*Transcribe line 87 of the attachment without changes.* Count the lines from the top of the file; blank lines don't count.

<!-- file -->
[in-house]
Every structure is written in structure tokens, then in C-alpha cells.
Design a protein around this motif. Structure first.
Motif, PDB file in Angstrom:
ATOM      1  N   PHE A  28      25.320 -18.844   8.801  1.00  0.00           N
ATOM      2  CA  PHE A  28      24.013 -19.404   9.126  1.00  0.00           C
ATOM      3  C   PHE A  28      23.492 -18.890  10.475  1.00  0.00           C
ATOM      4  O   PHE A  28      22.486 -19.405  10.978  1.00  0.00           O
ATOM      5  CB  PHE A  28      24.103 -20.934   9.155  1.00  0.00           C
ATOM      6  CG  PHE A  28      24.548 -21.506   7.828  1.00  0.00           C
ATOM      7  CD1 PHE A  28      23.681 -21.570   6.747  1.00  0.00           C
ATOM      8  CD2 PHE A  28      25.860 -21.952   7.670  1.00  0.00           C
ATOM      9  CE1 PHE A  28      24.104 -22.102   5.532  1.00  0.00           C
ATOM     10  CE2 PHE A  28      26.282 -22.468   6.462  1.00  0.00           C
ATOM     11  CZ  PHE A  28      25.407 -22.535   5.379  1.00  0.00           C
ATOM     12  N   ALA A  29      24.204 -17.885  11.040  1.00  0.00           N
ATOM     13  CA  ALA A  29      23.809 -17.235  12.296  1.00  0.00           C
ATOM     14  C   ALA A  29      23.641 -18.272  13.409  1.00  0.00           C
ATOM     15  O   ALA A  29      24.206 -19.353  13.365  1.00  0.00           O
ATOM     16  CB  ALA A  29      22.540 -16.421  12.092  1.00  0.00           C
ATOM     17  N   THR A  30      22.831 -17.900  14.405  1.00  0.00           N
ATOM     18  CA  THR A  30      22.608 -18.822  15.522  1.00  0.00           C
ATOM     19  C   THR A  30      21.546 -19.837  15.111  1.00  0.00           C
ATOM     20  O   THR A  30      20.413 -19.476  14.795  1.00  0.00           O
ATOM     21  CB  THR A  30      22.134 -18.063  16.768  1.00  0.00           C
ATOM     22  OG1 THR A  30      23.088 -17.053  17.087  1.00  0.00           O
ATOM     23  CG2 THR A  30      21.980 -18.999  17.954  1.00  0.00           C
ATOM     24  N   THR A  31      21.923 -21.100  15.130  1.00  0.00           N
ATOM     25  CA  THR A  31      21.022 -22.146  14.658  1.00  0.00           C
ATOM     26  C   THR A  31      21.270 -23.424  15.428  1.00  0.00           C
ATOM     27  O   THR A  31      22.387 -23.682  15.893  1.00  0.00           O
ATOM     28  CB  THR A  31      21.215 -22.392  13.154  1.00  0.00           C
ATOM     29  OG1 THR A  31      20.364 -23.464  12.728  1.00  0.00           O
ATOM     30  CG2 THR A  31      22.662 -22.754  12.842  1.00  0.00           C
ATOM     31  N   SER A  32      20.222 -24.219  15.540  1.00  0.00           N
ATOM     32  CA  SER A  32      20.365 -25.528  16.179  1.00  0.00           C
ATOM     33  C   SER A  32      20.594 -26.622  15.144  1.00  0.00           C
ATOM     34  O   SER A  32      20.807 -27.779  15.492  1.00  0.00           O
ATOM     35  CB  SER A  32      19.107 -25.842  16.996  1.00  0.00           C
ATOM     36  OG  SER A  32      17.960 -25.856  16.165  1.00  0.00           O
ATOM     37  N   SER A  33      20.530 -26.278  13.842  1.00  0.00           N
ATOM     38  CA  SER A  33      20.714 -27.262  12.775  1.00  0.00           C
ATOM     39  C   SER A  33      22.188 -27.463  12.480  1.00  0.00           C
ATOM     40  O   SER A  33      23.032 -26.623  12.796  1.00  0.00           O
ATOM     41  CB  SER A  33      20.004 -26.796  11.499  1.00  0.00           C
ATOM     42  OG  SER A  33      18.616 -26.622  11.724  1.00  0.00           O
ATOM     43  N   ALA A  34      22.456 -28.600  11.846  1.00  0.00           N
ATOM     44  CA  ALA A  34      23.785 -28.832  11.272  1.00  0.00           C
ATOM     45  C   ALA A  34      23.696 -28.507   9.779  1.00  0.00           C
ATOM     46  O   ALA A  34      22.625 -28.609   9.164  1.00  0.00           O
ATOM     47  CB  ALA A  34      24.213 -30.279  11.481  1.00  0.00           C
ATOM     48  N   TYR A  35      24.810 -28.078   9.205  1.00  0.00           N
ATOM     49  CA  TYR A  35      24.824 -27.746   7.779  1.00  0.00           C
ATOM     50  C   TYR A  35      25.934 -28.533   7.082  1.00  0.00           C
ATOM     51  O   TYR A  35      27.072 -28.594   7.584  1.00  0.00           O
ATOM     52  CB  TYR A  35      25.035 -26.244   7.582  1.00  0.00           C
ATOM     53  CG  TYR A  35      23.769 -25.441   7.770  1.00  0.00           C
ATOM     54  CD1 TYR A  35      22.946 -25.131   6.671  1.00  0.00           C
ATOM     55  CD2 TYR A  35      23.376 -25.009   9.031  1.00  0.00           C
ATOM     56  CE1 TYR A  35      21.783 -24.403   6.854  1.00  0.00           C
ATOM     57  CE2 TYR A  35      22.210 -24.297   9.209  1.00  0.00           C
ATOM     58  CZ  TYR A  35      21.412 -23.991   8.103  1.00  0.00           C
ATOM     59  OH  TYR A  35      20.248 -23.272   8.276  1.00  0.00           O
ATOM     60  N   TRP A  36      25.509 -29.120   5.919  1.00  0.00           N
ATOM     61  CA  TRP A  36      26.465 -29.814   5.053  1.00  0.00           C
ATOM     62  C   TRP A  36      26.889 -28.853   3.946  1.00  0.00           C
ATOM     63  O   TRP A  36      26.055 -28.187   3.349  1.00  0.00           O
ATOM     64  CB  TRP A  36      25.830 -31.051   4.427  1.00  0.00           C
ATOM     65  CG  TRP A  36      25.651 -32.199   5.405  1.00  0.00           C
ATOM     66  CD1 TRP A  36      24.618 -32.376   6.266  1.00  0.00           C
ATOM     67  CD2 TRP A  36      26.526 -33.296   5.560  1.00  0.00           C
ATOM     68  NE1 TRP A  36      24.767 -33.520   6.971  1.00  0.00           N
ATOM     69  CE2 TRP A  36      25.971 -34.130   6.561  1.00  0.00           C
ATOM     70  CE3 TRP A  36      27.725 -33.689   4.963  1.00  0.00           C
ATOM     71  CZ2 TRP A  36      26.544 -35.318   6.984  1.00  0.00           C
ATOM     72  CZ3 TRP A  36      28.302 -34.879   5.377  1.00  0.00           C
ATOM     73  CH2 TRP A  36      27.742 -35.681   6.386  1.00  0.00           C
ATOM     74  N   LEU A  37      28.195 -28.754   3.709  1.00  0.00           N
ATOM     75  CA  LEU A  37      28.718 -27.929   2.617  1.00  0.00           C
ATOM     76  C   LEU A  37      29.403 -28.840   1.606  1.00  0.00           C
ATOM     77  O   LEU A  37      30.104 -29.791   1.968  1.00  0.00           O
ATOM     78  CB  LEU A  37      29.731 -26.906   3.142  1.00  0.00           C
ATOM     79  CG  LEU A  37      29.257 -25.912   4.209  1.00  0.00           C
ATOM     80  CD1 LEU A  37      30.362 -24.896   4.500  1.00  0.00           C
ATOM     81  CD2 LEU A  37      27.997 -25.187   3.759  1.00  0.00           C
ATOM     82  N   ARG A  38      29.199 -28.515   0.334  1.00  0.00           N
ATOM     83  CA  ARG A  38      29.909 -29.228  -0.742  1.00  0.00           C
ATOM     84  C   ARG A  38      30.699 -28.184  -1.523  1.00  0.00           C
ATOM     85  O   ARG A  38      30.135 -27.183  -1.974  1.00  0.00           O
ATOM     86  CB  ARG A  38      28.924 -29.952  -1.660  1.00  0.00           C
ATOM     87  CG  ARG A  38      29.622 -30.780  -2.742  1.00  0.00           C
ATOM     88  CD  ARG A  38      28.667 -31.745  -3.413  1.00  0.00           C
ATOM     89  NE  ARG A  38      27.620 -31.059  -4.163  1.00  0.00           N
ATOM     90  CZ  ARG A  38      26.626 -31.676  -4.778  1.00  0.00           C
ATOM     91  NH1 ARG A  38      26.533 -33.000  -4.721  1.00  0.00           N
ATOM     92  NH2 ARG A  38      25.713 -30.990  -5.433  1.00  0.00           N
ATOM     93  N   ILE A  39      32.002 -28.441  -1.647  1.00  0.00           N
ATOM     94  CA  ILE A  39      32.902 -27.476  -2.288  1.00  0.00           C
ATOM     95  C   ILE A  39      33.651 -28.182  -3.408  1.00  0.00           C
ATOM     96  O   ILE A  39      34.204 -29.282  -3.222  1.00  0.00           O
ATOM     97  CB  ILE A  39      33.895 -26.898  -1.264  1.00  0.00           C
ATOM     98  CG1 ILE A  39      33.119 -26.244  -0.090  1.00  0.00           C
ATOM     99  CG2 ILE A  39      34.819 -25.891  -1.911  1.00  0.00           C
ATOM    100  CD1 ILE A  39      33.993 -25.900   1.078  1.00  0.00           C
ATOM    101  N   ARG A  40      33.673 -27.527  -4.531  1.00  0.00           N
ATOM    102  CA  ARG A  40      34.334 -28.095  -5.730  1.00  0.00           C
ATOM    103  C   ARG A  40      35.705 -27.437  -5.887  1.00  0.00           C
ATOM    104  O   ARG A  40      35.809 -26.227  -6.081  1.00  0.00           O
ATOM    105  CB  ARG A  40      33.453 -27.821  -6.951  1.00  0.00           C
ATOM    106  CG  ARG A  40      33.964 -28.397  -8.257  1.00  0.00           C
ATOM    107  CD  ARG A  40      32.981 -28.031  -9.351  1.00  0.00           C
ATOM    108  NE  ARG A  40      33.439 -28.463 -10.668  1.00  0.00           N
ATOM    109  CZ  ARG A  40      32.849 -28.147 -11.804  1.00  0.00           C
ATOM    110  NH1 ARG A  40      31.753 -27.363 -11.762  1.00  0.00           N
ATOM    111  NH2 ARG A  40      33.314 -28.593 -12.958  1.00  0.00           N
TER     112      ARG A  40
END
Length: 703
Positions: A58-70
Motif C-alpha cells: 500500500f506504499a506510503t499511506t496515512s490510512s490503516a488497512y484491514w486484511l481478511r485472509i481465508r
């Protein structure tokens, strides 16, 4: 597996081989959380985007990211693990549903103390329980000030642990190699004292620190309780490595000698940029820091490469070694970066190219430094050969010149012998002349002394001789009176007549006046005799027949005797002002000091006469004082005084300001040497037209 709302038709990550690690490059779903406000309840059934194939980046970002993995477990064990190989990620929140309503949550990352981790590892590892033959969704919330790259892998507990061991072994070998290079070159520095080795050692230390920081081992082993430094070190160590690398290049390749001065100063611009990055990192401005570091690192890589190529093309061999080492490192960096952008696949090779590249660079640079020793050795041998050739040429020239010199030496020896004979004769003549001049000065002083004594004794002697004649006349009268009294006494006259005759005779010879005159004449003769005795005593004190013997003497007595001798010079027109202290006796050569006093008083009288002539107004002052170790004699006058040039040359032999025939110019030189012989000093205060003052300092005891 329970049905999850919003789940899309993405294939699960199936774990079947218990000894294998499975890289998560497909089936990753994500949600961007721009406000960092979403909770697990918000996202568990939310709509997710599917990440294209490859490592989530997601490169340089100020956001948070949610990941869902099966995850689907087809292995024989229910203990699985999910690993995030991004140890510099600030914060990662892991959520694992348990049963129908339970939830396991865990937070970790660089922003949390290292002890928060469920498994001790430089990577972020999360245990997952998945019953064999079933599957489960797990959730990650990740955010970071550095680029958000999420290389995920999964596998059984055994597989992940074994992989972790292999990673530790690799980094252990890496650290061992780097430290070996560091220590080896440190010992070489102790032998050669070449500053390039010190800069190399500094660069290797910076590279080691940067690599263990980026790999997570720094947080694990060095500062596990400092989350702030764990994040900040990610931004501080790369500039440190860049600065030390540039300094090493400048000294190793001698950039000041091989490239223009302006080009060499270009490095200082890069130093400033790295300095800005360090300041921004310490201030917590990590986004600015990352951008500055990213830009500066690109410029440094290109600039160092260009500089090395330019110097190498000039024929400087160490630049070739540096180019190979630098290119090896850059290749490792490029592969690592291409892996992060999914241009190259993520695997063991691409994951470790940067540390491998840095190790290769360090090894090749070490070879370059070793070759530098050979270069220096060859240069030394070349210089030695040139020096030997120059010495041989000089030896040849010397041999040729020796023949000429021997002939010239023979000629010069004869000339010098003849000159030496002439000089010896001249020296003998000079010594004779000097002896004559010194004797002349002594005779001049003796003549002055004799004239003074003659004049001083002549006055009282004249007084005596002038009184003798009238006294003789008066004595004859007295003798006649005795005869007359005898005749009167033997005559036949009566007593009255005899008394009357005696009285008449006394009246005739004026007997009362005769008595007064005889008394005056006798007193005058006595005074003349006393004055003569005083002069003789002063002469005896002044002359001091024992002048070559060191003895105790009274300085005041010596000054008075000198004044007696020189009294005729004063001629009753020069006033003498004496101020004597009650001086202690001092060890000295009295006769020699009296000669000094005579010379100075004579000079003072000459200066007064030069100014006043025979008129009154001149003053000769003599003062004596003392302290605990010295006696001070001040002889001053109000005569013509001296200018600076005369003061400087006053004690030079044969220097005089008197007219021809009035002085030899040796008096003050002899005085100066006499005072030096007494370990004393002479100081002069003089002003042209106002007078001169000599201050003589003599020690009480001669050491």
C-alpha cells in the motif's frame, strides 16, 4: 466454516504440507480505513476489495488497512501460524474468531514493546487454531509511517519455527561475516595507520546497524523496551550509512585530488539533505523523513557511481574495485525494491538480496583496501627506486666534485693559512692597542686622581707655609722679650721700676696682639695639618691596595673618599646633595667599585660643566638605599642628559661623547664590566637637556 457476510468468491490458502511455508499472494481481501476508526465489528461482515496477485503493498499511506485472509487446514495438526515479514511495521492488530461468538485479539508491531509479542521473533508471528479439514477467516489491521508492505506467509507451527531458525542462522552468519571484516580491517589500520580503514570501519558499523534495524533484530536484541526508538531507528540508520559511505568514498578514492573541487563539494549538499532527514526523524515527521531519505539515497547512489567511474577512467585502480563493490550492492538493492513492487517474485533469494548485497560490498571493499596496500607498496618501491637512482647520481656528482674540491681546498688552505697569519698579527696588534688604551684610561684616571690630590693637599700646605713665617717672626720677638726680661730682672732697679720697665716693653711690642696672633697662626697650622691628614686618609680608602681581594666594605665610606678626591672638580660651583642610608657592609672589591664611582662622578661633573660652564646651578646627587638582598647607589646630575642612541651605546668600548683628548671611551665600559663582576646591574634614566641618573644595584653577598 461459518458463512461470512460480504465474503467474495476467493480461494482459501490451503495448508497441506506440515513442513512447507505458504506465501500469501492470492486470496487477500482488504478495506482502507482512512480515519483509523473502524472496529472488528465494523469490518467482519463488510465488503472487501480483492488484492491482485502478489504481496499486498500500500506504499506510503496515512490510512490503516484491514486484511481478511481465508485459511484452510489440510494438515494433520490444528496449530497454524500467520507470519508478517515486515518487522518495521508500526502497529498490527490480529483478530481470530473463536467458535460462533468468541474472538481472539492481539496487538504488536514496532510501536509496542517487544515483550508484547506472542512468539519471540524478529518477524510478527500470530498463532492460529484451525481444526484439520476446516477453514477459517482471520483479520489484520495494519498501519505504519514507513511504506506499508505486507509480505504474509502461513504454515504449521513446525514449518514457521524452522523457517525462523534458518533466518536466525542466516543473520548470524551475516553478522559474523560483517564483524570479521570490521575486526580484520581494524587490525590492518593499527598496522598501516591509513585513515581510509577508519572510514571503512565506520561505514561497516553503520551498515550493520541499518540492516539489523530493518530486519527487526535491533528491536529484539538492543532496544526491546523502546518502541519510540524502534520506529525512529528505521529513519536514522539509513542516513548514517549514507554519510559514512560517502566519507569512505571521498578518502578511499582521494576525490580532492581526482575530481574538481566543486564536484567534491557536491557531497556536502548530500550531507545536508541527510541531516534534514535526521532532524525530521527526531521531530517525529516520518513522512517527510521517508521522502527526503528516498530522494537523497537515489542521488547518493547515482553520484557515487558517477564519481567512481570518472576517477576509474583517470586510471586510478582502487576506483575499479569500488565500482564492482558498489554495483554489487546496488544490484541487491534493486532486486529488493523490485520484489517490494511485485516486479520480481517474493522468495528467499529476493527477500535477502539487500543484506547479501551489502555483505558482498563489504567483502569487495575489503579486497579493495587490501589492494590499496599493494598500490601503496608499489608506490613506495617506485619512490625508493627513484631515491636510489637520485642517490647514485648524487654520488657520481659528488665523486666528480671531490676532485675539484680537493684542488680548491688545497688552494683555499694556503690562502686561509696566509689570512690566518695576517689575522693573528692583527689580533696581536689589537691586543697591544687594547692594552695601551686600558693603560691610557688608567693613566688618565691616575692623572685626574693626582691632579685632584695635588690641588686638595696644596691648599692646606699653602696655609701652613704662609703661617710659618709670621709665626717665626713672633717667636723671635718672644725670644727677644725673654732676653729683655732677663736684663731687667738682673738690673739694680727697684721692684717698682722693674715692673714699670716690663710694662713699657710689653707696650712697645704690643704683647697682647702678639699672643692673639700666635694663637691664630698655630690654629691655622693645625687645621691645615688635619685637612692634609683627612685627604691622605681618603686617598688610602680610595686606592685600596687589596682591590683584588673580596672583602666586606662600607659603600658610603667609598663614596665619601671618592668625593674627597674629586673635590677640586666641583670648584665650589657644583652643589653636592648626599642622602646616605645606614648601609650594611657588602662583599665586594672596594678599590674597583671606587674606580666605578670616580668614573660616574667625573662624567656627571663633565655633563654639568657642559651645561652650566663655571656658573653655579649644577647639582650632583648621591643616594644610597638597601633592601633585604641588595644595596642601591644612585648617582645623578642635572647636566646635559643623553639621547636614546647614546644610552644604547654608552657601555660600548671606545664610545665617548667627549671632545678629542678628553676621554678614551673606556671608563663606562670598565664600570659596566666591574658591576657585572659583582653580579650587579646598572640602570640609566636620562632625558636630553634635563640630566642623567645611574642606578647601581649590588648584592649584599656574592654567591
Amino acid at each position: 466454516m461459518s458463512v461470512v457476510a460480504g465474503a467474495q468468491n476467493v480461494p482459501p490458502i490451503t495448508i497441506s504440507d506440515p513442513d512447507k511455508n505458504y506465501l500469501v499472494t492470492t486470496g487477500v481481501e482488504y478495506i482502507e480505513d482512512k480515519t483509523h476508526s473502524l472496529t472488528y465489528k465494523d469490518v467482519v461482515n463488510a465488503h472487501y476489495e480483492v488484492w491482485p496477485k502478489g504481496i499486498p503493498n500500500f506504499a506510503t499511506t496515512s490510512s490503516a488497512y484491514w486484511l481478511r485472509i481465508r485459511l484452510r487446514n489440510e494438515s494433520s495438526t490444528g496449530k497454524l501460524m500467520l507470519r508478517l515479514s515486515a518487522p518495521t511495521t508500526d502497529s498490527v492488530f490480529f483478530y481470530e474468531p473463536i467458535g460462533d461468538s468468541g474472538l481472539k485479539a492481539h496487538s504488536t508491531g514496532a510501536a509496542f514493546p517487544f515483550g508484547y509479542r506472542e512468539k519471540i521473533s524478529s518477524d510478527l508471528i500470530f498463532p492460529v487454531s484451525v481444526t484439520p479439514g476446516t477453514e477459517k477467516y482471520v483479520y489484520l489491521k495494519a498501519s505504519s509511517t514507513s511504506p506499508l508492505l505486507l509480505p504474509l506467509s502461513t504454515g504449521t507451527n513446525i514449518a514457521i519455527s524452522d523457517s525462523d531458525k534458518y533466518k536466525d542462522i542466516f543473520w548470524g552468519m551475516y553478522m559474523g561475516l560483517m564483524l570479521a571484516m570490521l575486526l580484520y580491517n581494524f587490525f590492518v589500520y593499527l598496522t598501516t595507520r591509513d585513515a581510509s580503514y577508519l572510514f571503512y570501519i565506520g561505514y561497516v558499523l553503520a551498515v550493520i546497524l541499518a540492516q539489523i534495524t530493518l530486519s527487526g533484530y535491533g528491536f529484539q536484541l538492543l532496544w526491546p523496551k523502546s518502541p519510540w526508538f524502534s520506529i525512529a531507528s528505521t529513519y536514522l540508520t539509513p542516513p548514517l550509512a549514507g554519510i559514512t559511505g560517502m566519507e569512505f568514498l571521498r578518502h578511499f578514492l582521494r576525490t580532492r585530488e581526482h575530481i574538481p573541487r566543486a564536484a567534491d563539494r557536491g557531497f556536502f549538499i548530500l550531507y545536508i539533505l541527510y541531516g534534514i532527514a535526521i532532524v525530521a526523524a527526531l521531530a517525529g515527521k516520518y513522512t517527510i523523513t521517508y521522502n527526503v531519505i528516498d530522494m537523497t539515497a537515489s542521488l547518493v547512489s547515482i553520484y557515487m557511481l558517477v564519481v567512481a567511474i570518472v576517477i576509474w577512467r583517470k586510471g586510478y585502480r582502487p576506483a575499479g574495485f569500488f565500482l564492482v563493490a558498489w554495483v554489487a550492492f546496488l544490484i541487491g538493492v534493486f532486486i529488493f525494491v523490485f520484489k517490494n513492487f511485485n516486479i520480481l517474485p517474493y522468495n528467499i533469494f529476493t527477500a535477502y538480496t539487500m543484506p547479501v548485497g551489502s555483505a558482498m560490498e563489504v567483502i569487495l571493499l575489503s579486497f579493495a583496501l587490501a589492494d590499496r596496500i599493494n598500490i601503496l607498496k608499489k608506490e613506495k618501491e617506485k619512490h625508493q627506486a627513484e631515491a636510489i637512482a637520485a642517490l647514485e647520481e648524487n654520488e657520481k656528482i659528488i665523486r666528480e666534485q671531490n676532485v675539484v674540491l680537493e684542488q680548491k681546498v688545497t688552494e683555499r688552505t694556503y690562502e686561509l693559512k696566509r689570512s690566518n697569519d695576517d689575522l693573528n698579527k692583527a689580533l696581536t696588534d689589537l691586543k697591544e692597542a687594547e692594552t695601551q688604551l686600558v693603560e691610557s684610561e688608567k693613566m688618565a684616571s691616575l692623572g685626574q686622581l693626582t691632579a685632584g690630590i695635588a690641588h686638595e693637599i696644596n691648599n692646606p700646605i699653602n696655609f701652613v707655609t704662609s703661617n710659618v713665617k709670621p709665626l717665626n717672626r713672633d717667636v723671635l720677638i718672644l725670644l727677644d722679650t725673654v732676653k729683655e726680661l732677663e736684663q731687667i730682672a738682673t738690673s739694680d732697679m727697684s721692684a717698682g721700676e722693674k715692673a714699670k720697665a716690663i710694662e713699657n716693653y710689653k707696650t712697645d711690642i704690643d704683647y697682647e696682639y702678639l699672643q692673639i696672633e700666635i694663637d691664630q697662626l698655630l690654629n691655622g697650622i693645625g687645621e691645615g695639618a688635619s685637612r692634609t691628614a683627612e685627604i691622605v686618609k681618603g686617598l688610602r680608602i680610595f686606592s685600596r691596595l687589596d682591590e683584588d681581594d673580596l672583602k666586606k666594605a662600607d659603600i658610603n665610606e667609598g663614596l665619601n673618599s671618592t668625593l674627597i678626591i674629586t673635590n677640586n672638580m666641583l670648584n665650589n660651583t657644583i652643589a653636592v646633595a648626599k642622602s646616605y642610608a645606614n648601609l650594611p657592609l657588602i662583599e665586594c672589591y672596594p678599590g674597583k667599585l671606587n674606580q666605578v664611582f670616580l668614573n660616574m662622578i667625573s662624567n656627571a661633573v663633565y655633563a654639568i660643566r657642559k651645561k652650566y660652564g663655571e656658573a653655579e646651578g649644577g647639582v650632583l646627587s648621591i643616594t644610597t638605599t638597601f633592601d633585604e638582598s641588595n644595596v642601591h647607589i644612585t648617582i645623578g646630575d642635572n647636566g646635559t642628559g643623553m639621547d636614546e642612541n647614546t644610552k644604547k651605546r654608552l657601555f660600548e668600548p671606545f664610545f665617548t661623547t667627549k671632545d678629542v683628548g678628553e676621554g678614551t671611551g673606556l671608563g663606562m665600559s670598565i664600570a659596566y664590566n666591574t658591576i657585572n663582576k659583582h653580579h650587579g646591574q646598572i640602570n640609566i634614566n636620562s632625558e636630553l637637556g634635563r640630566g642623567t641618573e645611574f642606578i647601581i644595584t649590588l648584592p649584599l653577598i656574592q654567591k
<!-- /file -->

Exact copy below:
ATOM     83  CA  ARG A  38      29.909 -29.228  -0.742  1.00  0.00           C